The theme of this year’s 19th Annual Bruce Woodcock Memorial Lecture is ‘Sharing stories, changing lives’. Each week, as we count down to the event in October, we’ll be featuring blogs from talented storytellers in our community. They’ll be sharing with you their moments of transformation—reflections about overcoming barriers and gaining strength, support and knowledge. The second in our series is ‘Community matters’ by Annie Whitehead, who realised that through finding her 'people', she also found herself.
I was invited to write a blog in advance of this year's 19th Annual Bruce Woodcock Memorial Lecture on transformational storytelling. I chose to write about the importance of community. In light of the recent High Court decision and the upcoming postal vote on Marriage Equality, I would like to add a further comment about the largest community that I belong to, the human race and the most important one, my family. History has shown us time and again that when we stand united, we can make a difference. We can change laws, we can change antiquated beliefs and ways of being, we can improve the quality of life for ourselves and each other.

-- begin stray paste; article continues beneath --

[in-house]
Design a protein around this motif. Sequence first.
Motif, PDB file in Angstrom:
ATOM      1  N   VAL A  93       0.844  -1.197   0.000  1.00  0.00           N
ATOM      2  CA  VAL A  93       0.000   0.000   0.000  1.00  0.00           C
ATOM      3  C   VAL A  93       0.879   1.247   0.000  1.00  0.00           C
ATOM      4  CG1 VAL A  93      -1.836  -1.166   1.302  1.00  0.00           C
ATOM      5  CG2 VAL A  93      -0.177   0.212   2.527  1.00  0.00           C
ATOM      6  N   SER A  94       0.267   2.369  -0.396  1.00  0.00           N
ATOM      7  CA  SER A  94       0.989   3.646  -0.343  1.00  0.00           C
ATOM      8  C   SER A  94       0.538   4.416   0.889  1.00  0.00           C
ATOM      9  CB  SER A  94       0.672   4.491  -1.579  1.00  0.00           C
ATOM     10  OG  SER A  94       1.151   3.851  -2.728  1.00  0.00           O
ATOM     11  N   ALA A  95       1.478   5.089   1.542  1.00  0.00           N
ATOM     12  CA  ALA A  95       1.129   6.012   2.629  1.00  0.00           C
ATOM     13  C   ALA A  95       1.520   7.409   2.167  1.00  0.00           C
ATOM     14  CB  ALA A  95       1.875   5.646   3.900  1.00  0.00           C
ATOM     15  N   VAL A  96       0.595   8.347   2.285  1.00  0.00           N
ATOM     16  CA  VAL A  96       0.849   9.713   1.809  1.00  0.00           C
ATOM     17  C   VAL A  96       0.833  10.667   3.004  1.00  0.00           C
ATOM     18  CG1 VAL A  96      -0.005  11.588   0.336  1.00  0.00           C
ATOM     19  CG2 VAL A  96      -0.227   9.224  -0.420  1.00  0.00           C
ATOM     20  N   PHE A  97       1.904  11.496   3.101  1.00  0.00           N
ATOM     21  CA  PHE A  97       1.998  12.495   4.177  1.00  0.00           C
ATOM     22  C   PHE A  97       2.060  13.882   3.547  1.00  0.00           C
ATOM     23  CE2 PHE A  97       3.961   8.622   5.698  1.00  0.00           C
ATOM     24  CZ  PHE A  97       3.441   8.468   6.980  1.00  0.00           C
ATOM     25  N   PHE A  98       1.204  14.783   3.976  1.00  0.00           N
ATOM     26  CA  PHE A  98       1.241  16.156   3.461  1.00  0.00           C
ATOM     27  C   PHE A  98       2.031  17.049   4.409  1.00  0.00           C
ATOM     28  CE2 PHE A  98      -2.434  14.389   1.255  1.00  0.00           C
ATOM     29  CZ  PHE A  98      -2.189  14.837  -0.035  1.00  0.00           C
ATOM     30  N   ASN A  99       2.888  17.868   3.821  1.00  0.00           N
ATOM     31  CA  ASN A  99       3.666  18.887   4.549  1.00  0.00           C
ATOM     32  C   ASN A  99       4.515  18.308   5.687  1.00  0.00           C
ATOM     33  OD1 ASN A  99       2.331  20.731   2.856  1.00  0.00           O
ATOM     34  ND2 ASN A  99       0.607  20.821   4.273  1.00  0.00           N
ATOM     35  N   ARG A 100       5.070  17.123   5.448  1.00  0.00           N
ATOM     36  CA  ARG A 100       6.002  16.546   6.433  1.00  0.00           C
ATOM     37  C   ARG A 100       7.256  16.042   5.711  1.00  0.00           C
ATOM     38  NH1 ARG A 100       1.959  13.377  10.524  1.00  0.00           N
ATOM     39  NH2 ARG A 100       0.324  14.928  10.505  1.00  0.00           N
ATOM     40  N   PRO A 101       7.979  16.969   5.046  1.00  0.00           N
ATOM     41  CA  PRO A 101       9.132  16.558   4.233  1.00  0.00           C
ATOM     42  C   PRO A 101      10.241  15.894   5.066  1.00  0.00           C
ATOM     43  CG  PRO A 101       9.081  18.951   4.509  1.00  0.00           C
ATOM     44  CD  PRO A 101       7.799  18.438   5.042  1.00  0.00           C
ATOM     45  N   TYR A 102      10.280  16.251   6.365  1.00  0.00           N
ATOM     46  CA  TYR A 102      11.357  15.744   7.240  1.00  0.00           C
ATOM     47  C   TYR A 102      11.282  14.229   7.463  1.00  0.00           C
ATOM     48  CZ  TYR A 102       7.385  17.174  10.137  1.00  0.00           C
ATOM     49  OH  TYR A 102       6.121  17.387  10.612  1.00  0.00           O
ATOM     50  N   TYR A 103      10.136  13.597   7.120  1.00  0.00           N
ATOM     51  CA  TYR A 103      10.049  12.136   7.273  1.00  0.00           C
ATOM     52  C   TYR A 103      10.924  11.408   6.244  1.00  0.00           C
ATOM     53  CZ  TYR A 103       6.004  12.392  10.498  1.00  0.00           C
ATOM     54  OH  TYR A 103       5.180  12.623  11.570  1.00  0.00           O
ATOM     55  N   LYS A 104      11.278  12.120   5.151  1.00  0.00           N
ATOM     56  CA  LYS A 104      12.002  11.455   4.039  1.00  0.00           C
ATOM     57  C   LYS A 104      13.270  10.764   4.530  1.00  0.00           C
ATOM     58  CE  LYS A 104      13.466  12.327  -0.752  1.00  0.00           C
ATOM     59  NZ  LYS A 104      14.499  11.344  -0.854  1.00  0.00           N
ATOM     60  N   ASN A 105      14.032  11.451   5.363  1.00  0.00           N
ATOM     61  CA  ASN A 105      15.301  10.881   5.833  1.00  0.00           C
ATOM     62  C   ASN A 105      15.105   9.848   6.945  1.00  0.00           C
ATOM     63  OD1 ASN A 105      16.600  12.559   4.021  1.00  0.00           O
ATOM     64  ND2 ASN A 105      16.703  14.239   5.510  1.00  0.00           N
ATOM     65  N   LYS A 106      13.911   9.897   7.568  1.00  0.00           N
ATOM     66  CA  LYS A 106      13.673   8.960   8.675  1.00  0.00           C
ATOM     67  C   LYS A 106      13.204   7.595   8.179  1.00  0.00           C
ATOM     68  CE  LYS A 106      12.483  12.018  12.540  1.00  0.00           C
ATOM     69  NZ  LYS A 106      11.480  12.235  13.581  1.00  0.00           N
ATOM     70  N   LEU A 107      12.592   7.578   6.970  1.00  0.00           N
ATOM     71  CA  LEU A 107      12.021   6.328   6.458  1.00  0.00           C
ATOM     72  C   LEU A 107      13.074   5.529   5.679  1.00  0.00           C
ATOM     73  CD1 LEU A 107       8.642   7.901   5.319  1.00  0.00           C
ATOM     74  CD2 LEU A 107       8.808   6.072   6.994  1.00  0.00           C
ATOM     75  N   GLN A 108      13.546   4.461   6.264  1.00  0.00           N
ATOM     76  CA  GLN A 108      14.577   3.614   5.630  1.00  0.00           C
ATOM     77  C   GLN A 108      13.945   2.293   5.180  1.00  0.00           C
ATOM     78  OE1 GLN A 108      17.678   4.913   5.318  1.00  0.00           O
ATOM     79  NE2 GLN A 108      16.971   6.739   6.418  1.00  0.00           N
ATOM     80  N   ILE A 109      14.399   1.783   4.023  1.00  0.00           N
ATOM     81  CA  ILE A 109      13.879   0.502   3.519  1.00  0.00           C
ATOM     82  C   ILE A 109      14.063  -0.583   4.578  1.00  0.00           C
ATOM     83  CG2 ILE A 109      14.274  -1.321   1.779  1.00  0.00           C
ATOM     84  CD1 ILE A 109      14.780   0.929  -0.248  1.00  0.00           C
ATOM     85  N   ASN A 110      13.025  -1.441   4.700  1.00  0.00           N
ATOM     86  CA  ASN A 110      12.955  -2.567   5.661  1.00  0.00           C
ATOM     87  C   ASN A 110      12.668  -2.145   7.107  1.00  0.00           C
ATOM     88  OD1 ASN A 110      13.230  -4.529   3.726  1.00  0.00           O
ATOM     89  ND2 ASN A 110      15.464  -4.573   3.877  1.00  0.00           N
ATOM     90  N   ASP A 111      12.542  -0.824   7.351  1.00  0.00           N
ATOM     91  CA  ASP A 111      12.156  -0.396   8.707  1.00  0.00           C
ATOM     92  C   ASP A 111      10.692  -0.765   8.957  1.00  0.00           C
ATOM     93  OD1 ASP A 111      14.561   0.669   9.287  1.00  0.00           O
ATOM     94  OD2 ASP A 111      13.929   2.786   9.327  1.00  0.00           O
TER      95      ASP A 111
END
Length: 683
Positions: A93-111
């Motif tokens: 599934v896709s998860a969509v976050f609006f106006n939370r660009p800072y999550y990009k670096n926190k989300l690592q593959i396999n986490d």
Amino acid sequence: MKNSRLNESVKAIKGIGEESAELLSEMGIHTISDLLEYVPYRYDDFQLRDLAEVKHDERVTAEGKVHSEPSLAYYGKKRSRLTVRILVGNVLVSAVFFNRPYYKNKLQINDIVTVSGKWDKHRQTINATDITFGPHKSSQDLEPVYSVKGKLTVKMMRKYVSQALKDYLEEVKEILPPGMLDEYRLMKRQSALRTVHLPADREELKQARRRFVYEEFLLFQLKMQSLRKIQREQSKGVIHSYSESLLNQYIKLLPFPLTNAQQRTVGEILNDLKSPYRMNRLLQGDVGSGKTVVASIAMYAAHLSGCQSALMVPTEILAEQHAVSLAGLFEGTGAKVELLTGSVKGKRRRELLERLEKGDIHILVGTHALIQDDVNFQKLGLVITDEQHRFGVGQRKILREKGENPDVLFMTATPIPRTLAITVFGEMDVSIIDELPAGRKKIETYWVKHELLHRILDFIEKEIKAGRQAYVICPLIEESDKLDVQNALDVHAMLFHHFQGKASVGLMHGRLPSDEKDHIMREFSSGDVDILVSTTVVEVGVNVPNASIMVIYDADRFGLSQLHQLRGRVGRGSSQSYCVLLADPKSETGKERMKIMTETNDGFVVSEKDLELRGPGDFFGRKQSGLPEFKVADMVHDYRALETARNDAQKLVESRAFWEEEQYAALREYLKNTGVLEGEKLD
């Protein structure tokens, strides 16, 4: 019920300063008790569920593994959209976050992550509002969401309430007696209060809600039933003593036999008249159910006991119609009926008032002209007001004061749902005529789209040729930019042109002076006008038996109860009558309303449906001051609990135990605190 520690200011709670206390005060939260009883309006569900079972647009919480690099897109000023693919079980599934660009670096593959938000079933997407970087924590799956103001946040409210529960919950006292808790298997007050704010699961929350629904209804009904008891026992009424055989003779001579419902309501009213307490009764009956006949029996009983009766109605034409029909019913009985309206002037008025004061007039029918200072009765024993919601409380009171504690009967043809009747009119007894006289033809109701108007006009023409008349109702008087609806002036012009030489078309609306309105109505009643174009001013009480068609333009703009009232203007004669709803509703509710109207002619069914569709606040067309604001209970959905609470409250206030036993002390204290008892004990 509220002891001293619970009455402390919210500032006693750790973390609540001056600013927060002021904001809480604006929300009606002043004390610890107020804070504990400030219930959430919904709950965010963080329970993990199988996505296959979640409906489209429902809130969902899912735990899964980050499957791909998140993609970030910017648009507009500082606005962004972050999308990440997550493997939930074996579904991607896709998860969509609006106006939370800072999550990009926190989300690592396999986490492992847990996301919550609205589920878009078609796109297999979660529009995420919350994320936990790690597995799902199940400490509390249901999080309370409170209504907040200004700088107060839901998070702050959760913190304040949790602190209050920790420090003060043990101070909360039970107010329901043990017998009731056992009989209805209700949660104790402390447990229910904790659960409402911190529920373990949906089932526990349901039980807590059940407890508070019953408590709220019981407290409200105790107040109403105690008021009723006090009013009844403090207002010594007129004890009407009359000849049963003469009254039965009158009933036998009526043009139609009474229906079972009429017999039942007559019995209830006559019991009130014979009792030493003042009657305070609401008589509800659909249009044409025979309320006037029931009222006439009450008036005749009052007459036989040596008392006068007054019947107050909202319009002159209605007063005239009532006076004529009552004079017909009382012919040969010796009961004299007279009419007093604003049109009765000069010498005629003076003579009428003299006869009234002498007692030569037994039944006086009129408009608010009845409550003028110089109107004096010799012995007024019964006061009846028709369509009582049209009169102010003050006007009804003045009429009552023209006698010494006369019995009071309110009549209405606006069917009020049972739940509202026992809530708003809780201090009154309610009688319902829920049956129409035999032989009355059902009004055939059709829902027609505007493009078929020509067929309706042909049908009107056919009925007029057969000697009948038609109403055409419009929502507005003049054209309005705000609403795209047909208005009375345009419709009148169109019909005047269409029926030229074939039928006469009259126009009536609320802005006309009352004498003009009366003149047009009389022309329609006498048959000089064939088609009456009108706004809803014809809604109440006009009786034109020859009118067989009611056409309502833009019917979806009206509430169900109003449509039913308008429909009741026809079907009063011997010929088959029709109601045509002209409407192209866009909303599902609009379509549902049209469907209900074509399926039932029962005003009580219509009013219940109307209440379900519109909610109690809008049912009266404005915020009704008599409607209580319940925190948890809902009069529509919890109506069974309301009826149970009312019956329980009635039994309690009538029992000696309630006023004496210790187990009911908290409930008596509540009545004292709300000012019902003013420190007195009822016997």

I have been overwhelmed by the tremendous amount of support I have seen and experienced in recent weeks and I wish to personally thank those people who have stood united with the LGBTIQ community to uphold our human rights. My wife is my best friend, my strongest ally and the woman I want to spend the rest of my life with. She is my family and, with our children and our first grandchild, we look forward to the day when our marriage is recognised and valued for what it truly is, the most important community in my life.
Community has always been important to me. I have been involved in numerous communities over the years; some were fantastic, some were awful and some were so mediocre I didn’t even realise I was part of a community at all. However, regardless of the qualities of the communities I was involved with, I always felt alone. I struggled to stay engaged and I rarely felt like I fitted in, I was too ‘different’.